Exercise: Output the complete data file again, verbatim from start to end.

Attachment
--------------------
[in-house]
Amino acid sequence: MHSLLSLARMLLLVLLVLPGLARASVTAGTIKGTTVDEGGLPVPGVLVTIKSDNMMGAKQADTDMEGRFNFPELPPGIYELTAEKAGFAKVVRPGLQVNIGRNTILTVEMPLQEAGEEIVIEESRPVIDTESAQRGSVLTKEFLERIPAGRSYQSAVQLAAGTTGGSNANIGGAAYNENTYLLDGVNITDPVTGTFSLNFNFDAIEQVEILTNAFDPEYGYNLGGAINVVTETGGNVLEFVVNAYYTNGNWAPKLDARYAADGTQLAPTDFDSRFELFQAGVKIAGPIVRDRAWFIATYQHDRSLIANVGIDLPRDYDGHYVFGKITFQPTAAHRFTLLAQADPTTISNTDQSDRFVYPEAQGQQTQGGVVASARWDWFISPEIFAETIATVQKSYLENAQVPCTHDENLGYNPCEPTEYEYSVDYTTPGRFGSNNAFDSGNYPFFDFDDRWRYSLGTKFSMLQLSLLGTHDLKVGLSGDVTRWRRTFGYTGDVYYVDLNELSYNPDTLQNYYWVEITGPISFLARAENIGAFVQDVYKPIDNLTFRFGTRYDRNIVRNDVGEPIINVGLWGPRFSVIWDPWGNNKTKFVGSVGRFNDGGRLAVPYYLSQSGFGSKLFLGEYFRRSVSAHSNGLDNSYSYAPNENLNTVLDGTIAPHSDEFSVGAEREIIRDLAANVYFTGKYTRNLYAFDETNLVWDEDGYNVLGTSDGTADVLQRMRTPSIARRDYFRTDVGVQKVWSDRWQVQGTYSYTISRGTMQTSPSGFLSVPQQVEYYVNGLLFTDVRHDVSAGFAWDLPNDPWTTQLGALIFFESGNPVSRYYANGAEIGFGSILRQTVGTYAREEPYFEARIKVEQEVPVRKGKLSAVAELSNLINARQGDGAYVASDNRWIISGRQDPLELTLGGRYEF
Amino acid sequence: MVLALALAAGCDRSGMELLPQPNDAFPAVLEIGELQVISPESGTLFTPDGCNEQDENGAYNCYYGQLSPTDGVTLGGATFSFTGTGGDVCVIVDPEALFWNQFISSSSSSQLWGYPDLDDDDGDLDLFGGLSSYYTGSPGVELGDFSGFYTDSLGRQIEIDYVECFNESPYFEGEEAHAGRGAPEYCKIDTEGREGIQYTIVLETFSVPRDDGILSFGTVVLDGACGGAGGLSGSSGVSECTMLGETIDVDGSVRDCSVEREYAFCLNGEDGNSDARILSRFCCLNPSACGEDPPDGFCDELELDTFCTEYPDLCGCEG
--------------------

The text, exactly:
[in-house]
Amino acid sequence: MHSLLSLARMLLLVLLVLPGLARASVTAGTIKGTTVDEGGLPVPGVLVTIKSDNMMGAKQADTDMEGRFNFPELPPGIYELTAEKAGFAKVVRPGLQVNIGRNTILTVEMPLQEAGEEIVIEESRPVIDTESAQRGSVLTKEFLERIPAGRSYQSAVQLAAGTTGGSNANIGGAAYNENTYLLDGVNITDPVTGTFSLNFNFDAIEQVEILTNAFDPEYGYNLGGAINVVTETGGNVLEFVVNAYYTNGNWAPKLDARYAADGTQLAPTDFDSRFELFQAGVKIAGPIVRDRAWFIATYQHDRSLIANVGIDLPRDYDGHYVFGKITFQPTAAHRFTLLAQADPTTISNTDQSDRFVYPEAQGQQTQGGVVASARWDWFISPEIFAETIATVQKSYLENAQVPCTHDENLGYNPCEPTEYEYSVDYTTPGRFGSNNAFDSGNYPFFDFDDRWRYSLGTKFSMLQLSLLGTHDLKVGLSGDVTRWRRTFGYTGDVYYVDLNELSYNPDTLQNYYWVEITGPISFLARAENIGAFVQDVYKPIDNLTFRFGTRYDRNIVRNDVGEPIINVGLWGPRFSVIWDPWGNNKTKFVGSVGRFNDGGRLAVPYYLSQSGFGSKLFLGEYFRRSVSAHSNGLDNSYSYAPNENLNTVLDGTIAPHSDEFSVGAEREIIRDLAANVYFTGKYTRNLYAFDETNLVWDEDGYNVLGTSDGTADVLQRMRTPSIARRDYFRTDVGVQKVWSDRWQVQGTYSYTISRGTMQTSPSGFLSVPQQVEYYVNGLLFTDVRHDVSAGFAWDLPNDPWTTQLGALIFFESGNPVSRYYANGAEIGFGSILRQTVGTYAREEPYFEARIKVEQEVPVRKGKLSAVAELSNLINARQGDGAYVASDNRWIISGRQDPLELTLGGRYEF
Amino acid sequence: MVLALALAAGCDRSGMELLPQPNDAFPAVLEIGELQVISPESGTLFTPDGCNEQDENGAYNCYYGQLSPTDGVTLGGATFSFTGTGGDVCVIVDPEALFWNQFISSSSSSQLWGYPDLDDDDGDLDLFGGLSSYYTGSPGVELGDFSGFYTDSLGRQIEIDYVECFNESPYFEGEEAHAGRGAPEYCKIDTEGREGIQYTIVLETFSVPRDDGILSFGTVVLDGACGGAGGLSGSSGVSECTMLGETIDVDGSVRDCSVEREYAFCLNGEDGNSDARILSRFCCLNPSACGEDPPDGFCDELELDTFCTEYPDLCGCEG